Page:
WASHINGTON, September 15, 2010 - The Intellectual Property Breakfast Club on Tuesday brought together a wide range of stake holders to discuss whether the Obama administration's intellectual property czar will crush internet piracy.
Internet piracy has become a major, global economic issue. Last year, the Obama administration named Victoria Espinel to the post of U.S. intellectual property enforcement coordinator, a role more commonly referred to as the IP czar. The post's mandate may sound straightforward, but it is fraught with complications, panelists agreed. The official mandate states that the IP czar must coordinate federal agency efforts in regards to intellectual property and to set up a plan with the goal of better enforcing intellectual property rights both domestically and internationally. A big part of that includes stepped up efforts to crack down on the international trafficking of counterfeit goods. Espinel released a report on the administration's plans this June.
Steve Tepp, senior director, internet counterfeiting and piracy at the U.S. Chamber of Commerce Global Intellectual Property Center, emphasized that intellectual property not only includes digital products, but also covers physical products that have found their way into the government’s supply chain. Tepp offered a hypothetical example of a counterfeit microchip potentially installed in a Black Hawk helicopter and creating a malfunction.
Gigi Sohn, president and co-founder of Public Knowledge, commended the initial report issued by Espinel, stating that it was moderate and well thought out. However, Sohn noted that it does not have financial backing like the National Broadband Plan enjoys and so should require an additional appropriation from Congress.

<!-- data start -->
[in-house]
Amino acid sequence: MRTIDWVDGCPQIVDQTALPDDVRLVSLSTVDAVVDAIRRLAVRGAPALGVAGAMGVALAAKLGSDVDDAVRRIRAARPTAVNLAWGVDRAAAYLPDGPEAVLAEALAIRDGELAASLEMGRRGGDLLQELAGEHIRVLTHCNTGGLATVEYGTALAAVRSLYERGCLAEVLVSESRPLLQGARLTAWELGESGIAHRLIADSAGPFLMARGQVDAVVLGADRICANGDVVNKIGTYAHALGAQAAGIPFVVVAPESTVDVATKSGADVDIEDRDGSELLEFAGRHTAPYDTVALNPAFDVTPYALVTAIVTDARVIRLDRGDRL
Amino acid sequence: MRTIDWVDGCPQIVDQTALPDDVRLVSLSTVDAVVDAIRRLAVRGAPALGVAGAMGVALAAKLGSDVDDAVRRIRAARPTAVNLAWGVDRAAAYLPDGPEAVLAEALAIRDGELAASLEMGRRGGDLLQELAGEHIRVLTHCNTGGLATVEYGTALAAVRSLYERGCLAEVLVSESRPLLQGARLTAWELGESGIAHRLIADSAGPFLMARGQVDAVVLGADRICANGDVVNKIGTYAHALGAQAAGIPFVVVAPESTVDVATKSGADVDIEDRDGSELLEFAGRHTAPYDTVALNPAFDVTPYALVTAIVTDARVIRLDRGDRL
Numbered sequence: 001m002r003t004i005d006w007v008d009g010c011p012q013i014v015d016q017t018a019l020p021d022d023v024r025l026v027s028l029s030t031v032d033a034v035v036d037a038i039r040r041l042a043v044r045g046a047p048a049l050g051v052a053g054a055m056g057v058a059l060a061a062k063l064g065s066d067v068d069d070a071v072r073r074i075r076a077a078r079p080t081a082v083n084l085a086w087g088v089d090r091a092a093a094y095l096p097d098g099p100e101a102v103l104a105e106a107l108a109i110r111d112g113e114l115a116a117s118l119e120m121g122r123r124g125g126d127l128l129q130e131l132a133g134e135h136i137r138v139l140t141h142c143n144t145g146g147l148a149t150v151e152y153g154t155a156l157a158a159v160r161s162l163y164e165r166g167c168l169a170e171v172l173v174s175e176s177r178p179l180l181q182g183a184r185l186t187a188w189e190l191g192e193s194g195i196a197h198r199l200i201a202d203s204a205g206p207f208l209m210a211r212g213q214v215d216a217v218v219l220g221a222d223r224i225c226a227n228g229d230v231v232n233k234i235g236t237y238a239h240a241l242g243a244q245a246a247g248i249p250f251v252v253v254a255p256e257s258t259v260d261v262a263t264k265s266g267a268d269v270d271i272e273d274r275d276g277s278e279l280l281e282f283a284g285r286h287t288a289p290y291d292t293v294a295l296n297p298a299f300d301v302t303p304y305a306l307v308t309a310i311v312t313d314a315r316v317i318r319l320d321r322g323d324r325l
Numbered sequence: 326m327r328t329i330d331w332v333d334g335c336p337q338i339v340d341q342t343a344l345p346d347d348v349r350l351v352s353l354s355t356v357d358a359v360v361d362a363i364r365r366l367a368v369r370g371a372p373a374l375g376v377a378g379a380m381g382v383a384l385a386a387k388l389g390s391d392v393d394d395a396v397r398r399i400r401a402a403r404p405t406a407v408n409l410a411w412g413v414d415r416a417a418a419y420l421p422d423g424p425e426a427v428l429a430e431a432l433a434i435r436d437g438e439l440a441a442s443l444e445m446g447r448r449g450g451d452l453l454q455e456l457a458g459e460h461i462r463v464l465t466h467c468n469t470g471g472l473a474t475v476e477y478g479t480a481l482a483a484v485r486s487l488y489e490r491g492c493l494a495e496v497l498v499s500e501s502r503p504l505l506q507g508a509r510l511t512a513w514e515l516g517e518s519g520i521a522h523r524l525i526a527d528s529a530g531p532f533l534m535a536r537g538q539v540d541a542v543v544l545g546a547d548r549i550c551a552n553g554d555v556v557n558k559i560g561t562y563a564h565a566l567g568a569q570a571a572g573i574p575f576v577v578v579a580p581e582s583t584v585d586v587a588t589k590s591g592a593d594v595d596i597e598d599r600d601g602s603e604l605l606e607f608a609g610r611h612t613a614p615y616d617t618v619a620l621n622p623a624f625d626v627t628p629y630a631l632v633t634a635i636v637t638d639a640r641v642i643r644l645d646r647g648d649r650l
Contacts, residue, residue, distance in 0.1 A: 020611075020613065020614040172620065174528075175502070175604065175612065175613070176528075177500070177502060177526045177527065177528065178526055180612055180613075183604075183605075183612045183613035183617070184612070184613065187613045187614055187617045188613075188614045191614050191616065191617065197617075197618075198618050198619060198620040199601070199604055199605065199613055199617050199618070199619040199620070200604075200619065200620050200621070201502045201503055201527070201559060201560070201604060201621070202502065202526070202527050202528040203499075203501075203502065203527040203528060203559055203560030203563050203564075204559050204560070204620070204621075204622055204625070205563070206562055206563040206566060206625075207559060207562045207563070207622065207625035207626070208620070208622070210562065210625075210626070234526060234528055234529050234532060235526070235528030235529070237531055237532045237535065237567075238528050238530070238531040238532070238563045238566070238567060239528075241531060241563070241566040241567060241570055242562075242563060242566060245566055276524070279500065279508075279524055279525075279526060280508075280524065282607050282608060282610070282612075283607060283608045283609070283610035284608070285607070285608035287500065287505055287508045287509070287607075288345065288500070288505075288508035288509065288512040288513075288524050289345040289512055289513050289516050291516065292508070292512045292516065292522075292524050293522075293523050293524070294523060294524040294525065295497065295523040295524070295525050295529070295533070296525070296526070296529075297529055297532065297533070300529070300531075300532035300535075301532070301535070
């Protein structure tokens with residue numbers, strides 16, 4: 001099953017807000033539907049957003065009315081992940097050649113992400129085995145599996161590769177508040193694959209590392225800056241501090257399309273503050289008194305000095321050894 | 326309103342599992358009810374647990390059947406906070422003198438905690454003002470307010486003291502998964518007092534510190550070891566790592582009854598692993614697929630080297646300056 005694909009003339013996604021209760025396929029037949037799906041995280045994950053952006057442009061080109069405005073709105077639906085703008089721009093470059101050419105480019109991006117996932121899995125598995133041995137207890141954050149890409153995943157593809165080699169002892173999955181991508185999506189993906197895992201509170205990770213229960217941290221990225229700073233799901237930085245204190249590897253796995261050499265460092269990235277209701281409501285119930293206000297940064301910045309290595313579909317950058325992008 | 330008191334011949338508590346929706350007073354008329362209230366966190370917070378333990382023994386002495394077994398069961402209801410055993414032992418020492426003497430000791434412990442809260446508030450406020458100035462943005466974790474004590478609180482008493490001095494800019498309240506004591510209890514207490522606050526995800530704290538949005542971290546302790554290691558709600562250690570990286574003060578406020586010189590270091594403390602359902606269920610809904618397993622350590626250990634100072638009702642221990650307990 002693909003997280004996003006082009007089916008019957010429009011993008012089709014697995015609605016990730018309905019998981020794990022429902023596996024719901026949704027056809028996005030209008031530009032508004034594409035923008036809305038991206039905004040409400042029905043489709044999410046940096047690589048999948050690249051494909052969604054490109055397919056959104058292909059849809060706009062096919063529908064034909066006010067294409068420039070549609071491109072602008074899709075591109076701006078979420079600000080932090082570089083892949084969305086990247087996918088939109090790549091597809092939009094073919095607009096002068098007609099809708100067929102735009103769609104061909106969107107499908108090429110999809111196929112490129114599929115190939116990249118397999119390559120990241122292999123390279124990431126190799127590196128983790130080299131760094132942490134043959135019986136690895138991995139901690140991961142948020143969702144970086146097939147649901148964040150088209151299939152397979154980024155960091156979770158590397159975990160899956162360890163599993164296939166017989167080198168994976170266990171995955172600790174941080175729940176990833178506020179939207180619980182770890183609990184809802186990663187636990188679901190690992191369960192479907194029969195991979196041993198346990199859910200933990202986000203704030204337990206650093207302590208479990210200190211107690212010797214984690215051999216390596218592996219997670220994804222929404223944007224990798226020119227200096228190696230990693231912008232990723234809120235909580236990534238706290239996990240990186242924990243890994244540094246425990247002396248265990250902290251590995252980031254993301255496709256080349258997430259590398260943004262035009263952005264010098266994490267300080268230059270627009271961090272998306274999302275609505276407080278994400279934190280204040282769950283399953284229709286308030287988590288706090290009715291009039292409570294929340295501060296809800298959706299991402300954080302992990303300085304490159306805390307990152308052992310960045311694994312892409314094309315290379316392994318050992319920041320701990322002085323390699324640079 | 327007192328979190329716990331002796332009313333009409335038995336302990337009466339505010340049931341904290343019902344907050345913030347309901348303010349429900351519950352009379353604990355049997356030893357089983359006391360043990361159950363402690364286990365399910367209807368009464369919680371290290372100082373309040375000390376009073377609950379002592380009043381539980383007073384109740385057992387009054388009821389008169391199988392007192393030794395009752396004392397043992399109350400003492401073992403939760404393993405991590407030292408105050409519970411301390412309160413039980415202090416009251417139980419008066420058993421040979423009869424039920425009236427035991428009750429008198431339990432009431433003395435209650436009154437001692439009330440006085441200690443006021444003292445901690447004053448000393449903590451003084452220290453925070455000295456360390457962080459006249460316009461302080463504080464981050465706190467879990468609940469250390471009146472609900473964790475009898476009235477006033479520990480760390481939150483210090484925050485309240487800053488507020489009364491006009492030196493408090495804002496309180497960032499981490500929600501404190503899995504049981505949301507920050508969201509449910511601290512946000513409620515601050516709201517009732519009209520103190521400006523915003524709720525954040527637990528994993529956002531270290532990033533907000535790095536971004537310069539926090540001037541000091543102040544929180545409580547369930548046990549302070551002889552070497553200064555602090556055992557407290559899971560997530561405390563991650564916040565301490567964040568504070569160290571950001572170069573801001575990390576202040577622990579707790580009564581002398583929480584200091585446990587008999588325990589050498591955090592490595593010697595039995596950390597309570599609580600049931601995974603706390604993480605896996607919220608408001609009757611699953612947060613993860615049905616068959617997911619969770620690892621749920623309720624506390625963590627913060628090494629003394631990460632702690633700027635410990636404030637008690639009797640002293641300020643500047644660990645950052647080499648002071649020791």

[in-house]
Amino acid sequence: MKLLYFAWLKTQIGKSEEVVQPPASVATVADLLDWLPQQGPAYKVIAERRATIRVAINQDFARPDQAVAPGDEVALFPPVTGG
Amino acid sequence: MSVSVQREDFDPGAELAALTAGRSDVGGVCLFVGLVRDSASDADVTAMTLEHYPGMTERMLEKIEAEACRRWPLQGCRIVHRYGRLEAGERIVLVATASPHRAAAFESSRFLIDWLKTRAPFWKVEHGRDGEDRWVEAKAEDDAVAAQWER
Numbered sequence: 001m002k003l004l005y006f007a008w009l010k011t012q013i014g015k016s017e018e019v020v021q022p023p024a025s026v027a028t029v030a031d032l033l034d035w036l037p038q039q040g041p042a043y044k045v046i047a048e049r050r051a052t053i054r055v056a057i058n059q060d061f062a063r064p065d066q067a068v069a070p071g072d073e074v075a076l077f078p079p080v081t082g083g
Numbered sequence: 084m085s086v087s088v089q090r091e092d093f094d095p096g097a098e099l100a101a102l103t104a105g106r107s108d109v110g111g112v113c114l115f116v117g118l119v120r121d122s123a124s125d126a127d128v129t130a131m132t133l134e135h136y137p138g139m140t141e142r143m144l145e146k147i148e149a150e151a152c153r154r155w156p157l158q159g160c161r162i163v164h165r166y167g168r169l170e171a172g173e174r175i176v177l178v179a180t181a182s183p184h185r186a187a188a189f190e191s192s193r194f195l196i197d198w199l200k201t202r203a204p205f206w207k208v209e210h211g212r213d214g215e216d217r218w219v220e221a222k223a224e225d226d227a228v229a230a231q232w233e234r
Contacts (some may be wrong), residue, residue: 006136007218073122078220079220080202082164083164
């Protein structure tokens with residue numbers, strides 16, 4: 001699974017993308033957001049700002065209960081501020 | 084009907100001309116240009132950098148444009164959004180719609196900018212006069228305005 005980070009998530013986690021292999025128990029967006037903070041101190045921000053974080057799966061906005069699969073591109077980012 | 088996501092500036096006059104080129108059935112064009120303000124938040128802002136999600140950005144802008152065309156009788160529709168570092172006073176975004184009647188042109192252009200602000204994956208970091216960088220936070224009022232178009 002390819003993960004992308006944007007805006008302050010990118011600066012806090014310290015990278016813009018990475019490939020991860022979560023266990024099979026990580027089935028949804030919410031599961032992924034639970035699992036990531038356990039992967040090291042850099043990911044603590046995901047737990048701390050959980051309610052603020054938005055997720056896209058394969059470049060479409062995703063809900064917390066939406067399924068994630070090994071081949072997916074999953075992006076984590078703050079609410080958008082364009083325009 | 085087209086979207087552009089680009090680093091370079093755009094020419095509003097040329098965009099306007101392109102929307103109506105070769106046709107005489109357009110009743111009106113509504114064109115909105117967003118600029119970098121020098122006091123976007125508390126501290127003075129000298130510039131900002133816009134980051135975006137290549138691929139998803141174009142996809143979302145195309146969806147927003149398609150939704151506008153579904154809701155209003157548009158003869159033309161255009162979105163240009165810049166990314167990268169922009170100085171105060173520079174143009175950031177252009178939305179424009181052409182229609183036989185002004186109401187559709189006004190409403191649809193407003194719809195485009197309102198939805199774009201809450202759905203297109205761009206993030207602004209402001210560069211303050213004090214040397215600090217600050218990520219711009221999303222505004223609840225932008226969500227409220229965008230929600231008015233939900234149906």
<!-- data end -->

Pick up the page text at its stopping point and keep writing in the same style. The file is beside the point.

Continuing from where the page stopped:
Stevan Mitchell, vice president of intellectual property policy with the Entertainment Software Alliance, also commended Espinel. He lauded her office for not trying to develop wholly new policies but seeking to develop better methods of enforcing current regulations.
Additionally, he highlighted how YouTube now works with the Motion Picture Association of America and Recording Industry Association of America to determine if videos with copyrighted content should be removed or left on the site with ads. Predominantly, the copyright holders are willing to leave the work on the site as long as they can put ads on it and monetize, he said.
Casey Rae-Hunter, communications director and policy strategist with the Future of Music Coalition, urged that any new proposed legislation must not only protect the big players but also start-ups. Hunter said if a single system of technological watermarking or tagging can be developed, multiple market places can offer digital content and flourish.
Hunter and Sohn both warned about using internet service providers as “copyright cops.” Sohn cautioned that it would cause great harm to fair use. "Many judges have a difficult time determining what is fair use, a computer program would find it near impossible,” she said. Hunter emphasized that mass monitoring of networks would cause privacy issues and decrease the overall speed of the networks.
Sohn suggested that the Anti-Counterfeiting Trade Agreement currently under negotiation should remove the digital provisions since they are the most contentious. The section addressing the digital environment includes language (which is still being negotiated) about legal remedies for the act of breaking through digital locks, and for trafficking in tools that break digital locks.
Sohn said if the agreement focused on the battle against counterfeiters, many nations would approve it.
Editor's Note: This article has been corrected to reflect Steve Tepp's hypothetical example of a malfunction caused by a counterfeit good; the article had previously stated the hypothetical as if it actually happened.
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